Muscle fiber splitting in stretch-enlarged avian muscle
This study examined the role of longitudinal fiber splitting in enlarged anterior latissimus dorsi (ALD) muscle of adult quail. Muscle hypertrophy was induced using a model of progressive stretch overload (PSO) (5). After 16 and 28 d of PSO, muscle mass in the stretched ALD muscle increased significantly (P < 0.05) 188% and 294%, respectively, when compared with the intra-animal control muscle. Muscle length increased significantly (P < 0.05) in the stretched ALD muscle vs the intra-animal control by approximately 77% for both groups. Fiber number, which was assessed using direct counts after nitric acid digestion, did not change in the 16-d group; however, the 28-d stretched ALD muscle exhibited a 30% increase (P < 0.05) in fiber number vs the intra-animal control muscle. Furthermore, the frequency of splitting (i.e., branching) fibers was less than 0.3% in all muscles examined except the 28-d stretched ALD muscle. The 28-d stretched ALD muscle had 5.25% of its muscle fibers exhibiting split profiles. These results demonstrate that PSO produces effects unlike chronic stretch overload in that longitudinal fiber splitting may contribute significantly to an increase in fiber number.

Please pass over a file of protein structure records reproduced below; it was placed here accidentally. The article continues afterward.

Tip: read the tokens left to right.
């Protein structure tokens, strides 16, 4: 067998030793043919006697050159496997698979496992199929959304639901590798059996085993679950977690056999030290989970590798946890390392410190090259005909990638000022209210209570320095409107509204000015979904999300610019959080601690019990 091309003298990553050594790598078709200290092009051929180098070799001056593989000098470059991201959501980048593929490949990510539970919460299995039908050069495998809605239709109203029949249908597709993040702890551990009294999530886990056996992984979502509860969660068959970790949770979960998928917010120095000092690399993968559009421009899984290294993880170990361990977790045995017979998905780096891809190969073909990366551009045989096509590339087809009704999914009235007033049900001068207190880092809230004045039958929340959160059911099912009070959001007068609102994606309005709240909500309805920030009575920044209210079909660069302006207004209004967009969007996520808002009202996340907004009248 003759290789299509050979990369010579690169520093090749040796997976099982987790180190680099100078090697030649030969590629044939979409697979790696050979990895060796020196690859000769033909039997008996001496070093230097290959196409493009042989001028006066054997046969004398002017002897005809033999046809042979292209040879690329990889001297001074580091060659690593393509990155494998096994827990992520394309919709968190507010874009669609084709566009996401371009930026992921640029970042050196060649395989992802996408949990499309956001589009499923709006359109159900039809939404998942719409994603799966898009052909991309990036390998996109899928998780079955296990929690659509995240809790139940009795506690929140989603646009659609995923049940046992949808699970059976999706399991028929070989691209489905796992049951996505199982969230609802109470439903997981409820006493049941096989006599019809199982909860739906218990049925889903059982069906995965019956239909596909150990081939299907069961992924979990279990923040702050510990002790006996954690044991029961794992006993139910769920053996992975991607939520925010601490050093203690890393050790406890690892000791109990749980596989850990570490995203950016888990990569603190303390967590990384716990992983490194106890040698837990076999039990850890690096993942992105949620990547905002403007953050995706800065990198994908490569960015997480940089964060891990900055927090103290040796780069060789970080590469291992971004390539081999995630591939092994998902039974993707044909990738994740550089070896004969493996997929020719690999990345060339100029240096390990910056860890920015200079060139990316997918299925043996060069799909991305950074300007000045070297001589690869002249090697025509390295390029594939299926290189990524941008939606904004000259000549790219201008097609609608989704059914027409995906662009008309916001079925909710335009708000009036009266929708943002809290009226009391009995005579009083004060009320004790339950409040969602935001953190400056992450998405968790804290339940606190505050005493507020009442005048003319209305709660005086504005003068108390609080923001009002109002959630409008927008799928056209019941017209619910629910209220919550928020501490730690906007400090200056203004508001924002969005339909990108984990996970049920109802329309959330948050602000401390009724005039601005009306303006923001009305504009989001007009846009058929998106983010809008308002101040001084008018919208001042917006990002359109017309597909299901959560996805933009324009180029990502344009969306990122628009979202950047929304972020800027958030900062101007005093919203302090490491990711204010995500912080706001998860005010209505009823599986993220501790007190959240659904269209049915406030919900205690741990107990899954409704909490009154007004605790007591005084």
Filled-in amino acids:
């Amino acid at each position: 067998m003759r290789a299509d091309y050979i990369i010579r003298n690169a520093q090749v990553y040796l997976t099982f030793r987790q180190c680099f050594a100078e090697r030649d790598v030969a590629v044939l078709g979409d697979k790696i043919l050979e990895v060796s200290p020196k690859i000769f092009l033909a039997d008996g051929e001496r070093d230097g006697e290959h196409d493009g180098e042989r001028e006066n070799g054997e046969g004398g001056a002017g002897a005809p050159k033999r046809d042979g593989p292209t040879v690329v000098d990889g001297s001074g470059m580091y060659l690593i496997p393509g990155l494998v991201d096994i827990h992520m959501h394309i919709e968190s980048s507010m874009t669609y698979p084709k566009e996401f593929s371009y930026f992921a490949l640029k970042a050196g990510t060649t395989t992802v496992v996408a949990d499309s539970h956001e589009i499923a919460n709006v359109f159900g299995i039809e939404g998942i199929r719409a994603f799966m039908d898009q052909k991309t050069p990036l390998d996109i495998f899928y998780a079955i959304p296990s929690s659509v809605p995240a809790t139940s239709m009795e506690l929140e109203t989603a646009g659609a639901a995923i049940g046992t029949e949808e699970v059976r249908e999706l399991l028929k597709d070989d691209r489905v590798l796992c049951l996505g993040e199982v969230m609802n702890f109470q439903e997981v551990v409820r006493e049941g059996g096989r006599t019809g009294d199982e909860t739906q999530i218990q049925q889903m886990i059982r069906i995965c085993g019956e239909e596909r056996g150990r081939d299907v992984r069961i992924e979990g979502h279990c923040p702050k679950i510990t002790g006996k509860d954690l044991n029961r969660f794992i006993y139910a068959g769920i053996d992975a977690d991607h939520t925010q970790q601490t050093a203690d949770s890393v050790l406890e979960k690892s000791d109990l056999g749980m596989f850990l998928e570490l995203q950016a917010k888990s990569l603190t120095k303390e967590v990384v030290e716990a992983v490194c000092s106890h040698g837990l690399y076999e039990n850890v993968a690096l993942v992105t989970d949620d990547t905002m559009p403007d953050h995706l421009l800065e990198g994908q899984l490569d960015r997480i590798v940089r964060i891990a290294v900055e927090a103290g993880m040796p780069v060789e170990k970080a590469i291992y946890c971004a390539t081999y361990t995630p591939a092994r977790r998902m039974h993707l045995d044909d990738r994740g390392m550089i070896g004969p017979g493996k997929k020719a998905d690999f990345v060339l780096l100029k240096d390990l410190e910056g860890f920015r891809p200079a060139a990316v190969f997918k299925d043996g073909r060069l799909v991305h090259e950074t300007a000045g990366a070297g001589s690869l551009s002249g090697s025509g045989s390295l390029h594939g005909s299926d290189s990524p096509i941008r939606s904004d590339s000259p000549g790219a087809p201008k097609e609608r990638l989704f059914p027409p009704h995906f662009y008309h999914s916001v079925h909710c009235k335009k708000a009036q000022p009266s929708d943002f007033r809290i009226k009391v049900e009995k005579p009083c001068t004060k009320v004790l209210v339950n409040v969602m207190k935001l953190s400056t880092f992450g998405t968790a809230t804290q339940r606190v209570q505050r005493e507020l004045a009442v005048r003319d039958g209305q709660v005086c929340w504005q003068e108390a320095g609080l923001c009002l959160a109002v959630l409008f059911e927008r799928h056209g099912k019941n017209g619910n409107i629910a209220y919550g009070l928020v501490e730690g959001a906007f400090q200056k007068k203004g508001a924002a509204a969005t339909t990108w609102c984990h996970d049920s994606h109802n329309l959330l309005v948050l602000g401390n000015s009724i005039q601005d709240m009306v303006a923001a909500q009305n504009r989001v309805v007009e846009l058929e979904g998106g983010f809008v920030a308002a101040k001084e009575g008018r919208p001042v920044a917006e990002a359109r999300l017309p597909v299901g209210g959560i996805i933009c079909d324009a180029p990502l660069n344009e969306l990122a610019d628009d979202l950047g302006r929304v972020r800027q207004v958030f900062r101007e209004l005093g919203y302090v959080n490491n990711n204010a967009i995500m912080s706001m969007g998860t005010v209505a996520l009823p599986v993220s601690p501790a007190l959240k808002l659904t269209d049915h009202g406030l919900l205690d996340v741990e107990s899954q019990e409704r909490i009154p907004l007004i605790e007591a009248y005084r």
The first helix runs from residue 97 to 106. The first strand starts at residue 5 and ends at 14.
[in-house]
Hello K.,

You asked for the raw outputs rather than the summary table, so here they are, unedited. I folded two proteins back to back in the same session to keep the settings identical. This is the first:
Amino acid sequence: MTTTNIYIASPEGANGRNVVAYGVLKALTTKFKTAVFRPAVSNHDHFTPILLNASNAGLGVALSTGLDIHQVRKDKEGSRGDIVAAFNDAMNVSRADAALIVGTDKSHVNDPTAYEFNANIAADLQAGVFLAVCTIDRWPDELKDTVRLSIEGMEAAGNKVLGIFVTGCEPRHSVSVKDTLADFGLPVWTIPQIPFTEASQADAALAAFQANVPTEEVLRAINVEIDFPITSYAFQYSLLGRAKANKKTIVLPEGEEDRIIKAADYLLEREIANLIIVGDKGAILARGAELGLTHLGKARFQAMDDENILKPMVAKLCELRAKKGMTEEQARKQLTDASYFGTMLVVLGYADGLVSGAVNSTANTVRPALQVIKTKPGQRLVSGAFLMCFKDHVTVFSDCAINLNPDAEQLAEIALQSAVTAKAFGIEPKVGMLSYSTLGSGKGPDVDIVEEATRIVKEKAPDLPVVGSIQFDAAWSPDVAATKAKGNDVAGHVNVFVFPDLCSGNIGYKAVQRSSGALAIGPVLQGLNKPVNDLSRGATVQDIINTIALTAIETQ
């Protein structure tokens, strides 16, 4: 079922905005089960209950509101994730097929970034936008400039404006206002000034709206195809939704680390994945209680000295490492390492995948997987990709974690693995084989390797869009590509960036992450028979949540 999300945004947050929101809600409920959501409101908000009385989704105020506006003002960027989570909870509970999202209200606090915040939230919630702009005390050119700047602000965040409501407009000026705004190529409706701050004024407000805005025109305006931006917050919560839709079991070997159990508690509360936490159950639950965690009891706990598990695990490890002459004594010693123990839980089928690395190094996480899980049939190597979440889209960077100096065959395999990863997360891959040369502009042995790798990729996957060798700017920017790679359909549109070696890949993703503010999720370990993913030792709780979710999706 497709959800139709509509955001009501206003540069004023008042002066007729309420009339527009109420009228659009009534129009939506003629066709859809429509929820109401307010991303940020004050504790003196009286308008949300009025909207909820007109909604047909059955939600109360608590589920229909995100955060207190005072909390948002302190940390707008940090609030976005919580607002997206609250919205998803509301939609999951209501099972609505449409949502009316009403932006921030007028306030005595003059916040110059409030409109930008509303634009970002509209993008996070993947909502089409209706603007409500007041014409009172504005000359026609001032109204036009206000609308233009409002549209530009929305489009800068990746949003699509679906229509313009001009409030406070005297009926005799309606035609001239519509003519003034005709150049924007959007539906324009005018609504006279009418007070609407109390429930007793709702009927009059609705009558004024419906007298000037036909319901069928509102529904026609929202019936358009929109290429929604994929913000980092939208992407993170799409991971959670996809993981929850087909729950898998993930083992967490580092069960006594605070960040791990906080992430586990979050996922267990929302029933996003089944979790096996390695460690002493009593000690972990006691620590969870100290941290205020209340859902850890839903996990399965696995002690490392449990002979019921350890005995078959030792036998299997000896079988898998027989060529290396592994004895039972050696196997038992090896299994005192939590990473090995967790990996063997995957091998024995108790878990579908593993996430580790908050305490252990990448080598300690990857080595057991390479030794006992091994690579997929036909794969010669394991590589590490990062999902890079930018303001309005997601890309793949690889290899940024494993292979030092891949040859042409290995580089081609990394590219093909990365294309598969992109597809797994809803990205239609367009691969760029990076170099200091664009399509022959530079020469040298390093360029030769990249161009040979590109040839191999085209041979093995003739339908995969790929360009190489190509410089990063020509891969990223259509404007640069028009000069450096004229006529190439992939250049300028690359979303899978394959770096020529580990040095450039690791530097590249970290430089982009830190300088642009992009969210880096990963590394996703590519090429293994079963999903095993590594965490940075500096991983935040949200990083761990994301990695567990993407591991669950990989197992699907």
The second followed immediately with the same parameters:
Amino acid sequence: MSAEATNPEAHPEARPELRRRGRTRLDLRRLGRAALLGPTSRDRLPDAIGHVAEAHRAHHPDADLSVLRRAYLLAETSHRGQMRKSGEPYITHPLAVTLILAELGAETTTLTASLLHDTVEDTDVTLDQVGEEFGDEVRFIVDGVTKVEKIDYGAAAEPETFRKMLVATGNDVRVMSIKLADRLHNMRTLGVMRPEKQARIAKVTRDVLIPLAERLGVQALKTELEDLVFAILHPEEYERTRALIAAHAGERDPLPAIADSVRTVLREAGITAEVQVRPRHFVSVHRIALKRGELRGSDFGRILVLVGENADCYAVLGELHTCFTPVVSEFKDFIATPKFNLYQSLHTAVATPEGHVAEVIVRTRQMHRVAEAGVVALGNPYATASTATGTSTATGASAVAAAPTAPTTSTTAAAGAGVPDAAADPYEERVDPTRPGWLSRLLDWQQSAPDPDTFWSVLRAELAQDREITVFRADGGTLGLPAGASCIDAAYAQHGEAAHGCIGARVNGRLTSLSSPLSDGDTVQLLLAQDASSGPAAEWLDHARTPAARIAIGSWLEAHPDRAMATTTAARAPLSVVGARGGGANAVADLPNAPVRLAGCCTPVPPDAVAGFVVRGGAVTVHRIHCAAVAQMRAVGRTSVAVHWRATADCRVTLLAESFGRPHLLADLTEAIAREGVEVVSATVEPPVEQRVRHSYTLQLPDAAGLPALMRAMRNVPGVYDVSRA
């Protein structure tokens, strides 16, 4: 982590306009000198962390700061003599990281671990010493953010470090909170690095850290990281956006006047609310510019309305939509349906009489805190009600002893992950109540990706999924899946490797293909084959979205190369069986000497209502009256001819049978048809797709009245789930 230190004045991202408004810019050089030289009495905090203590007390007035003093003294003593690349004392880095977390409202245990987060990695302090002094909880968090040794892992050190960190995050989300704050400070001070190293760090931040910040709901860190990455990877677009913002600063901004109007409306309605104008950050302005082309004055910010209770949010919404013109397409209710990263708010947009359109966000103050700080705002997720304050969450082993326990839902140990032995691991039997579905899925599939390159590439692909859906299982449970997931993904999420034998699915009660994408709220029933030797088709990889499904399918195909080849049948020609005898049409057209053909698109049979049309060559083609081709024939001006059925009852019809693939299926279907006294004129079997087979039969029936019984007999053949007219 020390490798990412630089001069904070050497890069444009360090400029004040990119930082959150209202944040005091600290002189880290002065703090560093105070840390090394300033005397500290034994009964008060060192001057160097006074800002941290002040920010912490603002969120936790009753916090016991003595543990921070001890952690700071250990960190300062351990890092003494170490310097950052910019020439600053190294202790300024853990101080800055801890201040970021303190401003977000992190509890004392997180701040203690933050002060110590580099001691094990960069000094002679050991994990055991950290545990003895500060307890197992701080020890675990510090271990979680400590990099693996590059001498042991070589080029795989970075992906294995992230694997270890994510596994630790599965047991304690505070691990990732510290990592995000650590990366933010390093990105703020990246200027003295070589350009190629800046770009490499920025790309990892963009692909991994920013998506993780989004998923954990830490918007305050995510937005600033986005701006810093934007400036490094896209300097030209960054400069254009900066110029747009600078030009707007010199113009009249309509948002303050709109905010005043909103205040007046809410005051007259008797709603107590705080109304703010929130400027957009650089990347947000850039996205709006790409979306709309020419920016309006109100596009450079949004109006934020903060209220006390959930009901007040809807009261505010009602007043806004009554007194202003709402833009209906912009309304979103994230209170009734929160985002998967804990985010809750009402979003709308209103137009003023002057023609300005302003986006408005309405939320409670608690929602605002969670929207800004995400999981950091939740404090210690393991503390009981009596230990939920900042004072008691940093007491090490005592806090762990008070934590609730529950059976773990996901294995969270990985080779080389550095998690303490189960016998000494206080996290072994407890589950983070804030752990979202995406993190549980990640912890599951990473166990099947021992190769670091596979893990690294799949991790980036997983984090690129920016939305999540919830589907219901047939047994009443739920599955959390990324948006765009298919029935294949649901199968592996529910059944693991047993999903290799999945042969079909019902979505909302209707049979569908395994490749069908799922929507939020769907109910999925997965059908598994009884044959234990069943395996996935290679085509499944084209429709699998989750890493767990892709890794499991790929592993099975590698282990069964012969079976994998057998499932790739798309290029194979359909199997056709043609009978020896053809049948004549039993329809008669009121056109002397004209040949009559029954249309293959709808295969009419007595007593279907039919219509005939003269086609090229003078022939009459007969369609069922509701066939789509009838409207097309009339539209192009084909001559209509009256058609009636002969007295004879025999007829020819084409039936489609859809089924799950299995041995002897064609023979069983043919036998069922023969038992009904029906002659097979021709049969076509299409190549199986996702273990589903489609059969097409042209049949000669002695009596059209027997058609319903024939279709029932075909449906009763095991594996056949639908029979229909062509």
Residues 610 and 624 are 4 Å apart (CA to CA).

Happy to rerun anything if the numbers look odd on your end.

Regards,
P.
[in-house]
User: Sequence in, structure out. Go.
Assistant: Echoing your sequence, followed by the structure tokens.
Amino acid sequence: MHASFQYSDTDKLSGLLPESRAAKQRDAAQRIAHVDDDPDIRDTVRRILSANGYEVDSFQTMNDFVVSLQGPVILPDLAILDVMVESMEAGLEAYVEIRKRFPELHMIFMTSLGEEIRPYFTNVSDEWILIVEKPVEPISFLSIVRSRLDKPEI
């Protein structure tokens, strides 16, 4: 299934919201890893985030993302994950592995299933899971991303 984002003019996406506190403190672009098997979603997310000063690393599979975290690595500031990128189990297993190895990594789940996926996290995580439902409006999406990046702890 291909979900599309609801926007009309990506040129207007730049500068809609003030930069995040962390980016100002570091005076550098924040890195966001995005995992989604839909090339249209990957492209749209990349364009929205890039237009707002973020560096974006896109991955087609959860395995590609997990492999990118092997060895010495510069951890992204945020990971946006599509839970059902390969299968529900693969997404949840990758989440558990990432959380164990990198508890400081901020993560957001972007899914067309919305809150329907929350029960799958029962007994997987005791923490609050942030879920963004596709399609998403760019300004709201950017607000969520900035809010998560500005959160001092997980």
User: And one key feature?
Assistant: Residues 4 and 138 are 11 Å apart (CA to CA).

Medicine and Science in Sports and Exercise
Antonio, Jose and Gonyea, W. J., "Muscle fiber splitting in stretch-enlarged avian muscle" (1994). Department of Health and Human Performance Faculty Articles. 5.